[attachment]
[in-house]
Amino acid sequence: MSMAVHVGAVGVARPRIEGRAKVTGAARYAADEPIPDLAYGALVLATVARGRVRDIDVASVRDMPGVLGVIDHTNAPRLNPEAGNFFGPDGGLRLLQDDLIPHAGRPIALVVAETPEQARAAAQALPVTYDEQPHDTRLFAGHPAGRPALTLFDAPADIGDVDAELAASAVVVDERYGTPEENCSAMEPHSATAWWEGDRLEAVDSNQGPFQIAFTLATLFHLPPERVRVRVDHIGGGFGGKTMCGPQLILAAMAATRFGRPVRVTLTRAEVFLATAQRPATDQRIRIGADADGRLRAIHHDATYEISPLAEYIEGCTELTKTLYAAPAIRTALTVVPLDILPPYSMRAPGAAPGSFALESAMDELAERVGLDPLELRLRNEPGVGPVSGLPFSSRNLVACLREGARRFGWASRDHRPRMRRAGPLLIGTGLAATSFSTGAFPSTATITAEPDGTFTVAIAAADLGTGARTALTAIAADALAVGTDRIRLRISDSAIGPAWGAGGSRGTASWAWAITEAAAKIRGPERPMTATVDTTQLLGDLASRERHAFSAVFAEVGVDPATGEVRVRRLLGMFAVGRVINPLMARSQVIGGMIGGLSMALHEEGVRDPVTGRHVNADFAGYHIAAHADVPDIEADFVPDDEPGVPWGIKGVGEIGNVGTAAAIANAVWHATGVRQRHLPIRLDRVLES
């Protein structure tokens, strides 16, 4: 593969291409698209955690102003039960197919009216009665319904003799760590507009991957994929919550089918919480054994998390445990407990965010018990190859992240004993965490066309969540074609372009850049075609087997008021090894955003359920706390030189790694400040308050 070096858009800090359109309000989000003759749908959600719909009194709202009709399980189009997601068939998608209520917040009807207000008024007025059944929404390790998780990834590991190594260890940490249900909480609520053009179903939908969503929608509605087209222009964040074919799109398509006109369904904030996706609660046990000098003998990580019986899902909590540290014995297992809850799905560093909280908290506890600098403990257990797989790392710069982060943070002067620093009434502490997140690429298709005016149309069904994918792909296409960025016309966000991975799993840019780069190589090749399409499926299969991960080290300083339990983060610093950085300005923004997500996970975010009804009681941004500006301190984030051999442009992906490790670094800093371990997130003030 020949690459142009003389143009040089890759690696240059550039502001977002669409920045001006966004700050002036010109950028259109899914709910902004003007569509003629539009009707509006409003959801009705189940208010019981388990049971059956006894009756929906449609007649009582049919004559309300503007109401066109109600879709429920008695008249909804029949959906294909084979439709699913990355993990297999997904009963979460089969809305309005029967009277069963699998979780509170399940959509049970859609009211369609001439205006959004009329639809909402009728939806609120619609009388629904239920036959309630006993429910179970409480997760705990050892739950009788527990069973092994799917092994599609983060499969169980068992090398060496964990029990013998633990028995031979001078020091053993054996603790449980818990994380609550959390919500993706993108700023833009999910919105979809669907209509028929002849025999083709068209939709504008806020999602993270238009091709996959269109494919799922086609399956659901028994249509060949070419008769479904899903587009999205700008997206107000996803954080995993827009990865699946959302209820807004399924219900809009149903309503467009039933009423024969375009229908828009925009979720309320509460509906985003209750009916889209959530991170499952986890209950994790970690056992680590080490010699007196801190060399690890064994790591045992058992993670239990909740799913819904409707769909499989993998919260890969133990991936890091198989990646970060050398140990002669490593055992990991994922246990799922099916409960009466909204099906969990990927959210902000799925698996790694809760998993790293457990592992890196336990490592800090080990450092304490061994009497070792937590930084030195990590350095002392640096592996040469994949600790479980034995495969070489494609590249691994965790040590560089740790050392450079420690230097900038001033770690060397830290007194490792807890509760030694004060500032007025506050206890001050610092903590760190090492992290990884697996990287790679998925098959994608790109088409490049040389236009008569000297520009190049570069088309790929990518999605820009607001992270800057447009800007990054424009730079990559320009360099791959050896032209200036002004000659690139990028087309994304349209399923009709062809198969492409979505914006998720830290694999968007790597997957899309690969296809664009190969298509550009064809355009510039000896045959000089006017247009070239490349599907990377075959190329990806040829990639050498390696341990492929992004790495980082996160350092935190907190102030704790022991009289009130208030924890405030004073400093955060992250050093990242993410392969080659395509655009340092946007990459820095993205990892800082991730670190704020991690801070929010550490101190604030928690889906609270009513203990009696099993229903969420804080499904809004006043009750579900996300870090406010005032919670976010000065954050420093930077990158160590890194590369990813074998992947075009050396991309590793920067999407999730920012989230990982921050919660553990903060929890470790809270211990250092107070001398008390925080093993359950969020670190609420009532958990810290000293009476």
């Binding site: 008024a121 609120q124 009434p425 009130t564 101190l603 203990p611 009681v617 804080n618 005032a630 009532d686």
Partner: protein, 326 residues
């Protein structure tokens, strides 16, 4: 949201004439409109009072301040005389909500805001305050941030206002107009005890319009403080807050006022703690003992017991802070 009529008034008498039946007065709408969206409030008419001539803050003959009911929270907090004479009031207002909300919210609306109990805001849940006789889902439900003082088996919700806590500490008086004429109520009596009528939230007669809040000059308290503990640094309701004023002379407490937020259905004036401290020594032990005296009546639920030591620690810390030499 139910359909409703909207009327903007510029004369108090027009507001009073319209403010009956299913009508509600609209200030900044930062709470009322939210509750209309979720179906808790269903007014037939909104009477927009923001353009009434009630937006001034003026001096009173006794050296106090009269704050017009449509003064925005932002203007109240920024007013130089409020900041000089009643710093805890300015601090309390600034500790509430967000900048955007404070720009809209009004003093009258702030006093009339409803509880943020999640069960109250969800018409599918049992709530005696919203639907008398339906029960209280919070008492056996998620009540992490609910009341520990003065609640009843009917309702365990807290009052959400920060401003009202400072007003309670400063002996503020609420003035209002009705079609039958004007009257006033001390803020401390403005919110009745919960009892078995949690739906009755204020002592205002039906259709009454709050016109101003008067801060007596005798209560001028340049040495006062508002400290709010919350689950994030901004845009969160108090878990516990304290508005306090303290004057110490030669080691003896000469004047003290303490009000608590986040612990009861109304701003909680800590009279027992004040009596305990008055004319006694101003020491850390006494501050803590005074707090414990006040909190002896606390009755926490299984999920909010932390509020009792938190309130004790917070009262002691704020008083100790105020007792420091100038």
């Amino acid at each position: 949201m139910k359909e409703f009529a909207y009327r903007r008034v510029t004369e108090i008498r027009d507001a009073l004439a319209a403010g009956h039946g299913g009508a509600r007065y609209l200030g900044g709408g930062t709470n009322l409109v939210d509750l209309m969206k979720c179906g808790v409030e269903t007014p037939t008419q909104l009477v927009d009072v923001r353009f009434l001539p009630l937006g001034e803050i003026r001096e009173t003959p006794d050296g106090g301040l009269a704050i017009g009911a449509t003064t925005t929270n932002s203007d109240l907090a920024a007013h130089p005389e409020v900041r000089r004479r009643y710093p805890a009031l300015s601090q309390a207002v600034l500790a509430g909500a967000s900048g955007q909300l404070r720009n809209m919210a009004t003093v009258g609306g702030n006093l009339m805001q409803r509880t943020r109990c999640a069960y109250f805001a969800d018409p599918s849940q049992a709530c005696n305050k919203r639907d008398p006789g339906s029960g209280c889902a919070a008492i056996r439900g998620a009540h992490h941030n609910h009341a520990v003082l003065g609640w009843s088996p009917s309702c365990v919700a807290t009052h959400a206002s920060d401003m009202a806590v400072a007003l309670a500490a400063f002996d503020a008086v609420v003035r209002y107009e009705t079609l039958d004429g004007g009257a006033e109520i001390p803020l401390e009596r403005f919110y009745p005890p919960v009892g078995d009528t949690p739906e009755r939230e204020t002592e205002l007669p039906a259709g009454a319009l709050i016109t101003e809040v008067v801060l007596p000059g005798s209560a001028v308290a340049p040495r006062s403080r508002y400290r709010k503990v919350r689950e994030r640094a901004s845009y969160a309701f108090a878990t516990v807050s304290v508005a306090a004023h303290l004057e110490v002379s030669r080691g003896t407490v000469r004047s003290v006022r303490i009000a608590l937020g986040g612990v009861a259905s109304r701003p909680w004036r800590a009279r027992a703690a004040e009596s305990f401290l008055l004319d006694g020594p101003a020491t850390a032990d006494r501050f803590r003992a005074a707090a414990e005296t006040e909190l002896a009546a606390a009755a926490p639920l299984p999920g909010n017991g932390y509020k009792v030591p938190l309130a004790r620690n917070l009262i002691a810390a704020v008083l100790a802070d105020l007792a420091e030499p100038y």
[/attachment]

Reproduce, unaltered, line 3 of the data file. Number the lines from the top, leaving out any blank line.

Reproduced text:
């Protein structure tokens, strides 16, 4: 593969291409698209955690102003039960197919009216009665319904003799760590507009991957994929919550089918919480054994998390445990407990965010018990190859992240004993965490066309969540074609372009850049075609087997008021090894955003359920706390030189790694400040308050 070096858009800090359109309000989000003759749908959600719909009194709202009709399980189009997601068939998608209520917040009807207000008024007025059944929404390790998780990834590991190594260890940490249900909480609520053009179903939908969503929608509605087209222009964040074919799109398509006109369904904030996706609660046990000098003998990580019986899902909590540290014995297992809850799905560093909280908290506890600098403990257990797989790392710069982060943070002067620093009434502490997140690429298709005016149309069904994918792909296409960025016309966000991975799993840019780069190589090749399409499926299969991960080290300083339990983060610093950085300005923004997500996970975010009804009681941004500006301190984030051999442009992906490790670094800093371990997130003030 020949690459142009003389143009040089890759690696240059550039502001977002669409920045001006966004700050002036010109950028259109899914709910902004003007569509003629539009009707509006409003959801009705189940208010019981388990049971059956006894009756929906449609007649009582049919004559309300503007109401066109109600879709429920008695008249909804029949959906294909084979439709699913990355993990297999997904009963979460089969809305309005029967009277069963699998979780509170399940959509049970859609009211369609001439205006959004009329639809909402009728939806609120619609009388629904239920036959309630006993429910179970409480997760705990050892739950009788527990069973092994799917092994599609983060499969169980068992090398060496964990029990013998633990028995031979001078020091053993054996603790449980818990994380609550959390919500993706993108700023833009999910919105979809669907209509028929002849025999083709068209939709504008806020999602993270238009091709996959269109494919799922086609399956659901028994249509060949070419008769479904899903587009999205700008997206107000996803954080995993827009990865699946959302209820807004399924219900809009149903309503467009039933009423024969375009229908828009925009979720309320509460509906985003209750009916889209959530991170499952986890209950994790970690056992680590080490010699007196801190060399690890064994790591045992058992993670239990909740799913819904409707769909499989993998919260890969133990991936890091198989990646970060050398140990002669490593055992990991994922246990799922099916409960009466909204099906969990990927959210902000799925698996790694809760998993790293457990592992890196336990490592800090080990450092304490061994009497070792937590930084030195990590350095002392640096592996040469994949600790479980034995495969070489494609590249691994965790040590560089740790050392450079420690230097900038001033770690060397830290007194490792807890509760030694004060500032007025506050206890001050610092903590760190090492992290990884697996990287790679998925098959994608790109088409490049040389236009008569000297520009190049570069088309790929990518999605820009607001992270800057447009800007990054424009730079990559320009360099791959050896032209200036002004000659690139990028087309994304349209399923009709062809198969492409979505914006998720830290694999968007790597997957899309690969296809664009190969298509550009064809355009510039000896045959000089006017247009070239490349599907990377075959190329990806040829990639050498390696341990492929992004790495980082996160350092935190907190102030704790022991009289009130208030924890405030004073400093955060992250050093990242993410392969080659395509655009340092946007990459820095993205990892800082991730670190704020991690801070929010550490101190604030928690889906609270009513203990009696099993229903969420804080499904809004006043009750579900996300870090406010005032919670976010000065954050420093930077990158160590890194590369990813074998992947075009050396991309590793920067999407999730920012989230990982921050919660553990903060929890470790809270211990250092107070001398008390925080093993359950969020670190609420009532958990810290000293009476």